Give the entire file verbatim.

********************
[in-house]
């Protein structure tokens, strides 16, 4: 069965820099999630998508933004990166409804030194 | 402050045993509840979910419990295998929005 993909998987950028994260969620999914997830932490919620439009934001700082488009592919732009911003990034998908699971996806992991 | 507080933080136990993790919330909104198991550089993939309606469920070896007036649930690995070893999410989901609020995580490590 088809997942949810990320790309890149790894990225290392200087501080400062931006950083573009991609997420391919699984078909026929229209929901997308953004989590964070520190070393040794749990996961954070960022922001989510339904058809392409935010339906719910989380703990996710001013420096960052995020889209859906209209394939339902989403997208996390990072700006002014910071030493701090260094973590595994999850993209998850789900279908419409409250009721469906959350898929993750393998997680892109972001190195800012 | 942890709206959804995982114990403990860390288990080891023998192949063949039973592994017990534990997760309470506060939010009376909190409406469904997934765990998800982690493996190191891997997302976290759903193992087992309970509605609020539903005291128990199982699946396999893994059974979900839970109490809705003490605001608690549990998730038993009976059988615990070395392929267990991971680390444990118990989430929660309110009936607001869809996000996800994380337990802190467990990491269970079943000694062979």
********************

[in-house]
């Protein structure tokens, strides 16, 4: 069965820099999630998508933004990166409804030194 | 402050045993509840979910419990295998929005 993909998987950028994260969620999914997830932490919620439009934001700082488009592919732009911003990034998908699971996806992991 | 507080933080136990993790919330909104198991550089993939309606469920070896007036649930690995070893999410989901609020995580490590 088809997942949810990320790309890149790894990225290392200087501080400062931006950083573009991609997420391919699984078909026929229209929901997308953004989590964070520190070393040794749990996961954070960022922001989510339904058809392409935010339906719910989380703990996710001013420096960052995020889209859906209209394939339902989403997208996390990072700006002014910071030493701090260094973590595994999850993209998850789900279908419409409250009721469906959350898929993750393998997680892109972001190195800012 | 942890709206959804995982114990403990860390288990080891023998192949063949039973592994017990534990997760309470506060939010009376909190409406469904997934765990998800982690493996190191891997997302976290759903193992087992309970509605609020539903005291128990199982699946396999893994059974979900839970109490809705003490605001608690549990998730038993009976059988615990070395392929267990991971680390444990118990989430929660309110009936607001869809996000996800994380337990802190467990990491269970079943000694062979």